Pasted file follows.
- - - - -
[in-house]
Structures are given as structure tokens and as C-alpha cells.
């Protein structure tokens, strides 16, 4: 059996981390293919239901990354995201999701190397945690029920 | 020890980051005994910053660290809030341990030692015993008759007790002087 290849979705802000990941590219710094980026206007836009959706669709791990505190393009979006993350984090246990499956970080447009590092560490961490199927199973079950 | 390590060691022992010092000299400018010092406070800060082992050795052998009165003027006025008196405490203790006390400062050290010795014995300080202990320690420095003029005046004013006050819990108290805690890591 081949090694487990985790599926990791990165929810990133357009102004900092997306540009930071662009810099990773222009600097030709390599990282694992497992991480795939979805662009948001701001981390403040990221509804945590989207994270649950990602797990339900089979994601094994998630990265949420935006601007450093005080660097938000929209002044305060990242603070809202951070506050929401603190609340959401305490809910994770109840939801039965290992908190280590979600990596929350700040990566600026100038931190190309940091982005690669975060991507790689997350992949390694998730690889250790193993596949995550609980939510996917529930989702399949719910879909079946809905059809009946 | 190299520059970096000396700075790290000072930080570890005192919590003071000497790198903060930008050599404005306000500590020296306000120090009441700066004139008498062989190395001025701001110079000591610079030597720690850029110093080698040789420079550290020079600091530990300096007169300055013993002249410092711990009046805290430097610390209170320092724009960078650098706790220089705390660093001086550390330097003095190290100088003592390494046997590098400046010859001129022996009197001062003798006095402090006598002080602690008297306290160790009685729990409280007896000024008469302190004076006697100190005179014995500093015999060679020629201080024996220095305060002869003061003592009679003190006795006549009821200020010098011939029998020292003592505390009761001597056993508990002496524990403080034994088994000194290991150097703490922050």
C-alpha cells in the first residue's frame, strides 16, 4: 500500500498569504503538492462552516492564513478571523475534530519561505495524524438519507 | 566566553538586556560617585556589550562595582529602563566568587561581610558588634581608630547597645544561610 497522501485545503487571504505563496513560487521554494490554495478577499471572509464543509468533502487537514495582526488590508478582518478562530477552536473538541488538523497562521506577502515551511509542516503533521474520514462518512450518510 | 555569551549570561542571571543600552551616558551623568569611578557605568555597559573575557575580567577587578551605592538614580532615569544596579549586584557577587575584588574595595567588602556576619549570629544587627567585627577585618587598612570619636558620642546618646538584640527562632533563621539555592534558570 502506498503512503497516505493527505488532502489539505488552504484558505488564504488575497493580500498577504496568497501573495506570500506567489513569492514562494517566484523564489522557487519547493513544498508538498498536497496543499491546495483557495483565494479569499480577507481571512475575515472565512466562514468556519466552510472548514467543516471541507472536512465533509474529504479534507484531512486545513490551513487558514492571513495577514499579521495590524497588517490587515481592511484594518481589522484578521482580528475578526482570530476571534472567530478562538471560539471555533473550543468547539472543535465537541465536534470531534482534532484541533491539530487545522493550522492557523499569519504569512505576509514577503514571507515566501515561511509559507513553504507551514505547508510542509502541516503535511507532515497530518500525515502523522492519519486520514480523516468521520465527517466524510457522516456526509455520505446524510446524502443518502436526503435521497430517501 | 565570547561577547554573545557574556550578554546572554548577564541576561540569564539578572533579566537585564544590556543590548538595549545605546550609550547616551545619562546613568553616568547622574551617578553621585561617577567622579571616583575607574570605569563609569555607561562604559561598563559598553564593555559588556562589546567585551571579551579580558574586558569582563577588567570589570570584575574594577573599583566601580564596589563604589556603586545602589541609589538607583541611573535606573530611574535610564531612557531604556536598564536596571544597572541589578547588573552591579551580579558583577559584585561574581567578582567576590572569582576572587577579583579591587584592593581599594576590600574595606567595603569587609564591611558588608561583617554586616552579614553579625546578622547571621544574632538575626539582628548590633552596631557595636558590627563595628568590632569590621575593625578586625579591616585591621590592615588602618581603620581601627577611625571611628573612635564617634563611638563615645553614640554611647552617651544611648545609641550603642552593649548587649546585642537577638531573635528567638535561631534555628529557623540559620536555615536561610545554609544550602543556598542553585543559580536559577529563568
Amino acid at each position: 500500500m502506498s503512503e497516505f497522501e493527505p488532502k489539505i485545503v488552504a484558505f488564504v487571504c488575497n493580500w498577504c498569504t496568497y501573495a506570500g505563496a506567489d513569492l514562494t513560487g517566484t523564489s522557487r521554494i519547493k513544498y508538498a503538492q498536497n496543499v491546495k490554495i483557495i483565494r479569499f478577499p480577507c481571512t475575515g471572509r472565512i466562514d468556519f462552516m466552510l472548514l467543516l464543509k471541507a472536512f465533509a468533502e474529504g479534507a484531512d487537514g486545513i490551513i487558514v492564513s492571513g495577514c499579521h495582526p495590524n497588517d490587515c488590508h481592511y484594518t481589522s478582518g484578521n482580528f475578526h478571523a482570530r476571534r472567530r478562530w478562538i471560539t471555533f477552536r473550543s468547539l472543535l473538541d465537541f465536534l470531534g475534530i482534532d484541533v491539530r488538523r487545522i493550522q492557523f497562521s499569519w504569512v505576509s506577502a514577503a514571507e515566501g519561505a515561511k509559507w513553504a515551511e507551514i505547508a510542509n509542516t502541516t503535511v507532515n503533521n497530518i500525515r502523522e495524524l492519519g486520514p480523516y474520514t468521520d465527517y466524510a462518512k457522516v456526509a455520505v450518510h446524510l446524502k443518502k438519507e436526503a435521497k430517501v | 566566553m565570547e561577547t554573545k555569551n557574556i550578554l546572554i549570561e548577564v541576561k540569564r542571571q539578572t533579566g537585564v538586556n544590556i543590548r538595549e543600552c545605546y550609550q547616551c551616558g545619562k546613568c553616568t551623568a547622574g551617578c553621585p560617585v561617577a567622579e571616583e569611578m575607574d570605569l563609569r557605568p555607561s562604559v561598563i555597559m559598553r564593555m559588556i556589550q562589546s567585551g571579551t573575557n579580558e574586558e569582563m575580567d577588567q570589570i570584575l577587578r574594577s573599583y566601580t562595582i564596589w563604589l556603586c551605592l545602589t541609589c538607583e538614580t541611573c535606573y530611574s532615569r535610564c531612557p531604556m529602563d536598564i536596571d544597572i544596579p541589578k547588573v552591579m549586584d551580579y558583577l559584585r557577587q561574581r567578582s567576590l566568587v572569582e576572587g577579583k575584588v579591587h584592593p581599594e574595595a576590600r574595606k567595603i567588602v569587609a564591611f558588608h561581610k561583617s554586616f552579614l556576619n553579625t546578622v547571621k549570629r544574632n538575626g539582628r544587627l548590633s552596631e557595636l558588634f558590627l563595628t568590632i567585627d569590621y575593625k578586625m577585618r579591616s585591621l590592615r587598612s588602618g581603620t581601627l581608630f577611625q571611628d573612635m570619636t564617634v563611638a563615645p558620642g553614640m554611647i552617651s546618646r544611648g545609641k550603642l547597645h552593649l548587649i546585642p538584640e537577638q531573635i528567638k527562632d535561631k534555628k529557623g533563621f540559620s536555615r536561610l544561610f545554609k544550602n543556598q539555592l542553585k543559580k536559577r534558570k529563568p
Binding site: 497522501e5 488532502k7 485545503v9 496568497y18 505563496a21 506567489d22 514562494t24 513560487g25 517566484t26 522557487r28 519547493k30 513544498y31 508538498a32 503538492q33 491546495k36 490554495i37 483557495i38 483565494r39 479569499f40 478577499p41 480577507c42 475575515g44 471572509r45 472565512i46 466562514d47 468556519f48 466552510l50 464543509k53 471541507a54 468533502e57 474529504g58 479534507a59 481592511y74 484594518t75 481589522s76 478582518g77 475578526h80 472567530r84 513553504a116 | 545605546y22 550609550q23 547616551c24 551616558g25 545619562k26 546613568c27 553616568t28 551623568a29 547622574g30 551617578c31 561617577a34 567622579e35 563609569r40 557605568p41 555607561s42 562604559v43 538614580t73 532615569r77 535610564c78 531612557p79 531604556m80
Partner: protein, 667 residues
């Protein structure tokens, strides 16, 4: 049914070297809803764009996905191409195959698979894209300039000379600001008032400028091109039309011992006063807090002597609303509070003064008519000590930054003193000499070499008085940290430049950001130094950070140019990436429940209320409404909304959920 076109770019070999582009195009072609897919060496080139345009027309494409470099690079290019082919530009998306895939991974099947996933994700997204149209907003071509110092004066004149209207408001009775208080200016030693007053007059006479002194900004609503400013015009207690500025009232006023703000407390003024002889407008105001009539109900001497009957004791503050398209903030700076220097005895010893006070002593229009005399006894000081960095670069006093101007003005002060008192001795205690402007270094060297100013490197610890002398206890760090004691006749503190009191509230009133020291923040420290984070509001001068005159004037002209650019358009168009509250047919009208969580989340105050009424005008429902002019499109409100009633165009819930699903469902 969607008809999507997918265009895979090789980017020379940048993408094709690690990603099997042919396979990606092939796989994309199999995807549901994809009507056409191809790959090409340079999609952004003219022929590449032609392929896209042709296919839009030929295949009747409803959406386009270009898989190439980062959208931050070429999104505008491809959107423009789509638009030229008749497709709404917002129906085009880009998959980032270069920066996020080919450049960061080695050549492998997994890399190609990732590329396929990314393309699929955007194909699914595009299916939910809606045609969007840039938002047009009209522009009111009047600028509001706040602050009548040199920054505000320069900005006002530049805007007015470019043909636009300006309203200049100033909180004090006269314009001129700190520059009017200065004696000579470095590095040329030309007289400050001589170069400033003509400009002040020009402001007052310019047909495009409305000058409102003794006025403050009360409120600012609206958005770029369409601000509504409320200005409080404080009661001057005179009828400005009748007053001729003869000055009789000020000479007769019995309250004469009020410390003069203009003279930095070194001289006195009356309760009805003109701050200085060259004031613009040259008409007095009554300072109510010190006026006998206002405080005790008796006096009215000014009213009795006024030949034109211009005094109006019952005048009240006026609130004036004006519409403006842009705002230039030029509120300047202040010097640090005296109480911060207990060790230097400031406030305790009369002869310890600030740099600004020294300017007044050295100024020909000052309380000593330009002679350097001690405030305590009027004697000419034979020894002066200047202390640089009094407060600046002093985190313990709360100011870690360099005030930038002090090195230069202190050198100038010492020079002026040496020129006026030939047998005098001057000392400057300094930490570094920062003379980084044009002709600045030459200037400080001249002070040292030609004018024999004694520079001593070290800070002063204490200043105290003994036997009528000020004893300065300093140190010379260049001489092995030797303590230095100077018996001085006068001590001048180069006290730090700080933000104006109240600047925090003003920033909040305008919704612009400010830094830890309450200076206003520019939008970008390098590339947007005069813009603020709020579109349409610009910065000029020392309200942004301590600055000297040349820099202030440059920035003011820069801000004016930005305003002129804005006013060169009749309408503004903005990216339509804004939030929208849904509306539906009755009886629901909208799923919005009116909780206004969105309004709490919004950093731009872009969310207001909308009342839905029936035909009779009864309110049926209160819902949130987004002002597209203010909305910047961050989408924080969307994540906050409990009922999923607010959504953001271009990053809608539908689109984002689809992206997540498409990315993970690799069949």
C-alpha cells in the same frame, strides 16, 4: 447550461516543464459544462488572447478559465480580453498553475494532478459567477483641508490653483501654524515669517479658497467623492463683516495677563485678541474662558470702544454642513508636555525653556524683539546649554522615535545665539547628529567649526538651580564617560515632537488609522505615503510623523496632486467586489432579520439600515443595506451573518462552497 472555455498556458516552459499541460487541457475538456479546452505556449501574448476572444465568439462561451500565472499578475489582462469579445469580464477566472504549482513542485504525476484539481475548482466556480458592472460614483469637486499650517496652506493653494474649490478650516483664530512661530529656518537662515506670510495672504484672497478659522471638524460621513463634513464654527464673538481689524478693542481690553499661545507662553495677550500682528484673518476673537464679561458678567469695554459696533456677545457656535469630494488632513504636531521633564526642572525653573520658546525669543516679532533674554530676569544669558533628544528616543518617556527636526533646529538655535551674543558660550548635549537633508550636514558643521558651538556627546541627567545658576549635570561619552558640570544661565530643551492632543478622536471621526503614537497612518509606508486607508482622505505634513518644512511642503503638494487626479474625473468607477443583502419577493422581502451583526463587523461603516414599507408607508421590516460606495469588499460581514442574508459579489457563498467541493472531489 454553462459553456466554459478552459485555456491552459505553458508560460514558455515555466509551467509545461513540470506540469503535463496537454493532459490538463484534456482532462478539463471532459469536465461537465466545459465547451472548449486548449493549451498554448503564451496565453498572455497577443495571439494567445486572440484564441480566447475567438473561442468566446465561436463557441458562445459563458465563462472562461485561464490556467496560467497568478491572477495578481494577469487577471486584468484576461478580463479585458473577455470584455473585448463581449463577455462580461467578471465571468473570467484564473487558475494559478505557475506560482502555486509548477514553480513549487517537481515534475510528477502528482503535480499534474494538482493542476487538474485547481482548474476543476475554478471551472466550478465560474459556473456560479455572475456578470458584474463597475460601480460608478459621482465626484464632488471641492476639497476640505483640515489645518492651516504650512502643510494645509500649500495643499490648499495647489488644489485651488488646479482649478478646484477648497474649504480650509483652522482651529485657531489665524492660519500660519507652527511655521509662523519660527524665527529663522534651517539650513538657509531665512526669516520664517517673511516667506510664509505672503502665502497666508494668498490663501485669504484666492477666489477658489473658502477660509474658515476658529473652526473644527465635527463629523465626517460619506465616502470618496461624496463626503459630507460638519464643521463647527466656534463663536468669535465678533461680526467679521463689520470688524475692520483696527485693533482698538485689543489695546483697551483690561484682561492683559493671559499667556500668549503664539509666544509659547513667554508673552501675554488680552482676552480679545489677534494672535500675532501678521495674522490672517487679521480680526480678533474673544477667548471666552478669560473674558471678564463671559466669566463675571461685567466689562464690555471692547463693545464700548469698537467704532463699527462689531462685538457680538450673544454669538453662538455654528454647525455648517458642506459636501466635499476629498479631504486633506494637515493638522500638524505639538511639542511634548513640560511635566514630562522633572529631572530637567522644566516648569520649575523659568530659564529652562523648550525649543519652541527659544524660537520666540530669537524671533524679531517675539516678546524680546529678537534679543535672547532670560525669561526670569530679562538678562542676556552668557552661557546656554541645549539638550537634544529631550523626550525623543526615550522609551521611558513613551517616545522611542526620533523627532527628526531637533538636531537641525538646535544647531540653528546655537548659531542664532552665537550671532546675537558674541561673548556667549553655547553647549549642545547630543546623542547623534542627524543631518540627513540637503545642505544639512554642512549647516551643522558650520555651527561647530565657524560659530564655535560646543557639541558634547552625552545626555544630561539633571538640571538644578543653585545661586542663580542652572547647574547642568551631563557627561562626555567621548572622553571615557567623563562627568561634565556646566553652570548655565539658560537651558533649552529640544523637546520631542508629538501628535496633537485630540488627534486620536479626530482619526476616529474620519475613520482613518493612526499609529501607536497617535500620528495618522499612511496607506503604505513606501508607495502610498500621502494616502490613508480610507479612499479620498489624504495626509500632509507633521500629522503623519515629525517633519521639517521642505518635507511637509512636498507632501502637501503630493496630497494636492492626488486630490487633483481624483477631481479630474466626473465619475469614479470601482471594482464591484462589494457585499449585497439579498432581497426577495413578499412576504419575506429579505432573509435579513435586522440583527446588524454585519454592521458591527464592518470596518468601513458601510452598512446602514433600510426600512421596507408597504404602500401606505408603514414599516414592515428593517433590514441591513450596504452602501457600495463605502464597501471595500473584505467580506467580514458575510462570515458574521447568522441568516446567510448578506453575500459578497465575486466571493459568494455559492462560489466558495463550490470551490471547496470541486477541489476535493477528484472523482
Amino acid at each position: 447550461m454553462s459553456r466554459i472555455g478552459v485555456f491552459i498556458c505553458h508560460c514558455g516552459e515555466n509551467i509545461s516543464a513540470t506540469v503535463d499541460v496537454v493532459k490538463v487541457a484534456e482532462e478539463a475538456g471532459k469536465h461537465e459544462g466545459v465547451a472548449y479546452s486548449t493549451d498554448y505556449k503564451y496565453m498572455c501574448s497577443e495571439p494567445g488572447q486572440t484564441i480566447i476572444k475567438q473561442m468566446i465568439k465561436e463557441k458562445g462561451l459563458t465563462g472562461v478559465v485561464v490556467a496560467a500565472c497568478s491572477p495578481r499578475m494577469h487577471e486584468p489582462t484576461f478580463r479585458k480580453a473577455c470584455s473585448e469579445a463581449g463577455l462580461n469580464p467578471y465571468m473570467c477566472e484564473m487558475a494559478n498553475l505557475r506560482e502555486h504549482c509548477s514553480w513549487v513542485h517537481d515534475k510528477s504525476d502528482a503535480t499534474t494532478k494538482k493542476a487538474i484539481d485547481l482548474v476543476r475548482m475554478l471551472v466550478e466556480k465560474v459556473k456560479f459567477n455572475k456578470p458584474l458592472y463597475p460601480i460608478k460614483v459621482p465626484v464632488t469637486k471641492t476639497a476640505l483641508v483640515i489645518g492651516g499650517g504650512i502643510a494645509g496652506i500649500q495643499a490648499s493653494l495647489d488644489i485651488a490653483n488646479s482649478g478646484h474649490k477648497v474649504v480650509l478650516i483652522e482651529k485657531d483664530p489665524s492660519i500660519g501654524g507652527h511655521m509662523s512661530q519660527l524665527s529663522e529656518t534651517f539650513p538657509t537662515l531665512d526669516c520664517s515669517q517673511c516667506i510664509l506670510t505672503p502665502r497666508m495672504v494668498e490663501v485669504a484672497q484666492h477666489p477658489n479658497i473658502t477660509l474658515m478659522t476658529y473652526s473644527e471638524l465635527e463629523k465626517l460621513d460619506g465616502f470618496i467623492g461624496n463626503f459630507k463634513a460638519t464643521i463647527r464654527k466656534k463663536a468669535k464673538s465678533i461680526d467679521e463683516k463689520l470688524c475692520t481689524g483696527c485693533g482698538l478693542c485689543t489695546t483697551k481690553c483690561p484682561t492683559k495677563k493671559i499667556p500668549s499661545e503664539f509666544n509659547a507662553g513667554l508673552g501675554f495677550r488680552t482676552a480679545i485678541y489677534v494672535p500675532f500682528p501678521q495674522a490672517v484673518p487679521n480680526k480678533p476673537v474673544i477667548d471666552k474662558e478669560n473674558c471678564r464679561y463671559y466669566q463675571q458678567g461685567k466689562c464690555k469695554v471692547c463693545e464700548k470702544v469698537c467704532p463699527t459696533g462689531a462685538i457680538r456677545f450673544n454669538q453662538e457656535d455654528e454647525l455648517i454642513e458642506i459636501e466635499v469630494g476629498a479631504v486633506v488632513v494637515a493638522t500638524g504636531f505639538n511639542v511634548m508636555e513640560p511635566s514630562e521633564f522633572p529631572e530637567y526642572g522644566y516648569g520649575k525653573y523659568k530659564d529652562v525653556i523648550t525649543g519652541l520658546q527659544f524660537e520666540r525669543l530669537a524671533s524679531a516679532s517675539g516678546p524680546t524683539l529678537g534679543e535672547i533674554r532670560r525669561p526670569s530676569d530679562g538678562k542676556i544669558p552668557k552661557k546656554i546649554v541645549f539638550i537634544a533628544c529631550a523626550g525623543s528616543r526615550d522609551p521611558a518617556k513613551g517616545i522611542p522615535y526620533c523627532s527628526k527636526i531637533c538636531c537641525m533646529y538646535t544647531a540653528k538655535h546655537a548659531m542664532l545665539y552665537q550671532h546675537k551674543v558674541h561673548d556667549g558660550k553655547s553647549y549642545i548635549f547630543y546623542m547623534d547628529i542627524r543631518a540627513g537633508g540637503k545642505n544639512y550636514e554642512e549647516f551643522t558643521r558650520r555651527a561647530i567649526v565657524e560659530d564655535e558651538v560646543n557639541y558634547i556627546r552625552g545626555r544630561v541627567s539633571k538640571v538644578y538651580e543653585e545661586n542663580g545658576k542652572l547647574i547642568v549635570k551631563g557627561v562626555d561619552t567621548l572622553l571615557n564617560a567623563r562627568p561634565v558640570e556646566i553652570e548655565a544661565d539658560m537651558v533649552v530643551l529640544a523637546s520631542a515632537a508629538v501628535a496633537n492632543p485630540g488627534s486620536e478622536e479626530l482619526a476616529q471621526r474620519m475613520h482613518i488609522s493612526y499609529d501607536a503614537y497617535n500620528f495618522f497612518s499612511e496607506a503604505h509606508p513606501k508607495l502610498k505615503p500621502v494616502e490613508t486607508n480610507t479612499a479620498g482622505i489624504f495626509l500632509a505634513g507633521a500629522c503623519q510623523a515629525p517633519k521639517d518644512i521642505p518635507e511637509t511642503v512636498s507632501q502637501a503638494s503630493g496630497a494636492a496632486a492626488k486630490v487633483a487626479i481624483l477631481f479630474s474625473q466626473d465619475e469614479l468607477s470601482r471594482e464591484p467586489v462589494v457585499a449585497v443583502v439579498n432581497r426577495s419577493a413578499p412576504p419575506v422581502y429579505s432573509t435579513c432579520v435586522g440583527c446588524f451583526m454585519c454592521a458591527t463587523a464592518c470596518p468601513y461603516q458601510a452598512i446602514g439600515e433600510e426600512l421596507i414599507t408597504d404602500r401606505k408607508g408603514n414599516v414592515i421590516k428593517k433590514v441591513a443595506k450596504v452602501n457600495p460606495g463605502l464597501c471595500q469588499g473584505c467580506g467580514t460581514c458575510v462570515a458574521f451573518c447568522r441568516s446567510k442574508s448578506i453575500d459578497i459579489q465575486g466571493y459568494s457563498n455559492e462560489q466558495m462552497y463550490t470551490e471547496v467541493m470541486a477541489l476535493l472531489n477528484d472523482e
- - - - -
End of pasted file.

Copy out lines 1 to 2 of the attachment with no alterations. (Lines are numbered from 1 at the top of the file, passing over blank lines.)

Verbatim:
[in-house]
Structures are given as structure tokens and as C-alpha cells.